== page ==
- Wisc. Code § 940.07 – Homicide resulting from negligent control of vicious animal – Death caused by a dangerous animal at large known to the dangerous by the keeper when the keeper did not take proper precautions and the victim took necessary precautions
- Homicides resulting from the negligent and/or intoxicated use of a vehicle, firearm, or explosive – Death caused by drunk driving, dangerous driving, or negligent handling of a dangerous weapon
Only one type of homicide actually requires the intent to kill someone, and most Wisconsin homicide charges arise from reckless, unintentional, or accidental deaths. Further, even if a defendant acted with the intent to kill another, this may not be illegal. There are numerous defenses to even first-degree intentional homicide charges that justify, excuse, or mitigate murder in Wisconsin.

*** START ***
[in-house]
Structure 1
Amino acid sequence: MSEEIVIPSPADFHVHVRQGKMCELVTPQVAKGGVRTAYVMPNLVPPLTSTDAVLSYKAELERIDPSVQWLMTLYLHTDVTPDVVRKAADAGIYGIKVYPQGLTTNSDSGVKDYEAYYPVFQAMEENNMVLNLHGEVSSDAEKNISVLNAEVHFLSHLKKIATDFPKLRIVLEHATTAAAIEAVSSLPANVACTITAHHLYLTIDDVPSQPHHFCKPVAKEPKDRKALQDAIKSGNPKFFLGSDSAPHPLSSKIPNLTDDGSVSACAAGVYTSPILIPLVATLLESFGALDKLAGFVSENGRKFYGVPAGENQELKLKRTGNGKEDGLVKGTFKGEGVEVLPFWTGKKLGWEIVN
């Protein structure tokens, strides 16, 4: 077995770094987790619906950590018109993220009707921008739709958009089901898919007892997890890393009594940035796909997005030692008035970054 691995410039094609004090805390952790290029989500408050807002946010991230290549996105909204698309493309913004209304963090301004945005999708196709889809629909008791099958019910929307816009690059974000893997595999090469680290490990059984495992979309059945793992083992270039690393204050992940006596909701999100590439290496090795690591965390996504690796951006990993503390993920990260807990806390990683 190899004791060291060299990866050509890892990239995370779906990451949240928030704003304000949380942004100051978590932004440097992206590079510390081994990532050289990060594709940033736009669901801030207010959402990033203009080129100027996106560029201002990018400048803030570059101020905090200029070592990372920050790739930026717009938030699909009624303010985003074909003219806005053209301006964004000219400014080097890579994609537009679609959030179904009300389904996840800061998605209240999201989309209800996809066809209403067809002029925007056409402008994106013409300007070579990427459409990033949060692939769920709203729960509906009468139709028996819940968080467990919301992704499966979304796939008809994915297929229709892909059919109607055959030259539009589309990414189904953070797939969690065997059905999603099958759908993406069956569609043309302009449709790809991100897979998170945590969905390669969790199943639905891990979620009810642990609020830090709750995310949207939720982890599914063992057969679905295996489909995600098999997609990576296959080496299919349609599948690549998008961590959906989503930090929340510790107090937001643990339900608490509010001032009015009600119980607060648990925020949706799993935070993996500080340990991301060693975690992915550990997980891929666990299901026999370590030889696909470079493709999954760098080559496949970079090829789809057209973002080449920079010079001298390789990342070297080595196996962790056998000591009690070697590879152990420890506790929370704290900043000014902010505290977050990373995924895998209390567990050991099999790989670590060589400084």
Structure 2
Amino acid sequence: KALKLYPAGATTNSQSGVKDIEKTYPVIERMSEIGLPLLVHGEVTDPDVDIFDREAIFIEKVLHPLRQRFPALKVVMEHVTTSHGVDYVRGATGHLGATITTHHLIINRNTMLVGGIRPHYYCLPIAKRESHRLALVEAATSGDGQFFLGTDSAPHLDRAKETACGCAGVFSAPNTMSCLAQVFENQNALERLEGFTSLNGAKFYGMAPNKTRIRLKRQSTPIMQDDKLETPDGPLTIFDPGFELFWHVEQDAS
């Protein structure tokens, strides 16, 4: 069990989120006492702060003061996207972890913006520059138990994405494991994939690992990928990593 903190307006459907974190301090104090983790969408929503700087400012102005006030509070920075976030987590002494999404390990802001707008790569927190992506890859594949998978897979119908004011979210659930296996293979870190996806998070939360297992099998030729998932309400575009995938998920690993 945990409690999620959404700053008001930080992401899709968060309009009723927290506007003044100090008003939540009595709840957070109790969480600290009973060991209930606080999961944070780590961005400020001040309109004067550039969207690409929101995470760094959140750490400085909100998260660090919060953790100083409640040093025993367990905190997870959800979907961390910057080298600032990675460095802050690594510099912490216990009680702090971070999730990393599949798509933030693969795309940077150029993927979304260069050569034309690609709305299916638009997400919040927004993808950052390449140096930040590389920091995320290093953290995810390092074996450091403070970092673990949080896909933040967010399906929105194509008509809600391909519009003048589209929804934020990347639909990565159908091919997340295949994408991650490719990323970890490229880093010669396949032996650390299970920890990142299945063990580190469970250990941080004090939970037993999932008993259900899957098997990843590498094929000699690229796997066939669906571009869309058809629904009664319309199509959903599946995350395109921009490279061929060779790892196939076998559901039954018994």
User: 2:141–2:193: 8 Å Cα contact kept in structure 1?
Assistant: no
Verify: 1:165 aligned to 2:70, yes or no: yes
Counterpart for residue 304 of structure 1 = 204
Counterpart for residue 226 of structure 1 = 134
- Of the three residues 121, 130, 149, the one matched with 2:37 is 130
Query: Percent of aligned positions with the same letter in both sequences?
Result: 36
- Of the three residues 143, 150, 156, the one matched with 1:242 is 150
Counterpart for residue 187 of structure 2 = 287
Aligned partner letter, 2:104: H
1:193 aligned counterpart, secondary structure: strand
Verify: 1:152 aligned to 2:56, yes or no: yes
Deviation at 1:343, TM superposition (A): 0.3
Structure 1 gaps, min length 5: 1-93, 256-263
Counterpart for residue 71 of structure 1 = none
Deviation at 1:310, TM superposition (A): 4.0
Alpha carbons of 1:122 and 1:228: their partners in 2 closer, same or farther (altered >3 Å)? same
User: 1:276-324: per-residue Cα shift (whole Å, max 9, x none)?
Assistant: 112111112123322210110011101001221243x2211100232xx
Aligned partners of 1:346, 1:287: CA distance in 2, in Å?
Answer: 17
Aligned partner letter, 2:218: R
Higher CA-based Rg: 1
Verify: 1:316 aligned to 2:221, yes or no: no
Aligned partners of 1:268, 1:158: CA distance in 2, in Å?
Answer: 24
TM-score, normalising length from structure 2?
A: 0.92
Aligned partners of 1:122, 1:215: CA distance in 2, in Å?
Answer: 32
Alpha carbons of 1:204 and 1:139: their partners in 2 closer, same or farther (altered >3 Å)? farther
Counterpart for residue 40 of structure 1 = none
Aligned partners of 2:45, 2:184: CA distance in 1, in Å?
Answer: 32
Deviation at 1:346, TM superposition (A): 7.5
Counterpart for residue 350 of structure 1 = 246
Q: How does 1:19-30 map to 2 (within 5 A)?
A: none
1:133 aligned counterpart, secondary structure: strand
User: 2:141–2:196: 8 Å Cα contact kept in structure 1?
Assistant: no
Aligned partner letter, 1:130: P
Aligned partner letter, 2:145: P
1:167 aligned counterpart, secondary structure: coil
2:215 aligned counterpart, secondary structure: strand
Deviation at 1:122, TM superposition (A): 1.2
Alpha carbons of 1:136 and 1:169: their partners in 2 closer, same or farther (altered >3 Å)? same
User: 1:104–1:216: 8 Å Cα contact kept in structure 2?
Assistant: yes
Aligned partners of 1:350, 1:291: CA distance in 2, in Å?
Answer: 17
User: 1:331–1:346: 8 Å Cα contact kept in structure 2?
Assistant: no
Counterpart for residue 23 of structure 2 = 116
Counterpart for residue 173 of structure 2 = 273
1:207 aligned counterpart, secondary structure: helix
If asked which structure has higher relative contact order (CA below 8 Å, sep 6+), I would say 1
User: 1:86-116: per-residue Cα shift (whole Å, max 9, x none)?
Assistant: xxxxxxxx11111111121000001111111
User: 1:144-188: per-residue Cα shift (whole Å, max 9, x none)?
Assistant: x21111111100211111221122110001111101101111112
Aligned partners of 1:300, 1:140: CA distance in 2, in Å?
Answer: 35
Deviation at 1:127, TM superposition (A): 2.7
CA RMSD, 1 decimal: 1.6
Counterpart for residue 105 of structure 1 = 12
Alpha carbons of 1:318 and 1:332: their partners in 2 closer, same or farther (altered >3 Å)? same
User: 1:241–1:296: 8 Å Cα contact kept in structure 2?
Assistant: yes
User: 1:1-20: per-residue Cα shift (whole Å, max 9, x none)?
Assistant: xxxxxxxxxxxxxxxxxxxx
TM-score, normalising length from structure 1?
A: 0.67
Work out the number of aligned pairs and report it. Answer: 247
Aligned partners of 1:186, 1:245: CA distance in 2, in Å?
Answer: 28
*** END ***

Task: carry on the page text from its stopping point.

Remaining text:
Complete Defenses to Homicide Charges in Wisconsin
Justification defenses are complete defenses to homicide charges. They arise when the suspect admits that he or she committed the act of which he or she is accused but argues it was the right thing to do because of the existence of certain circumstances. These complete defenses to homicide charges include:
- Self-Defense: Can be raised when you were in imminent danger of death, serious bodily harm, and/or rape and acted with no more force than necessary to prevent that harm
- Defense of a Third Person: Arises when a person was in imminent danger of death, serious bodily harm, and/or rape and the suspect acted with no more force than necessary to prevent that harm
- Prevention of a Serious Crime: Similar to the defense of a third person but occurs when it is clear that a more serious crime such as mass murder, terrorist attack, is about to occur and the defender acted with no more force than necessary to prevent the crime
- Death Caused in Accordance with Law: Lawful abortions, executions, or implementation of DNR orders are not homicides
Justification defenses do not apply if the crime prevented by the death was substantially less serious than the homicide crime committed. For example, killing a shoplifter to stop a minor theft would likely not be justified, but killing an armed robber holding up a cashier would generally be justified.
Excuse & Mitigation Defenses to Homicide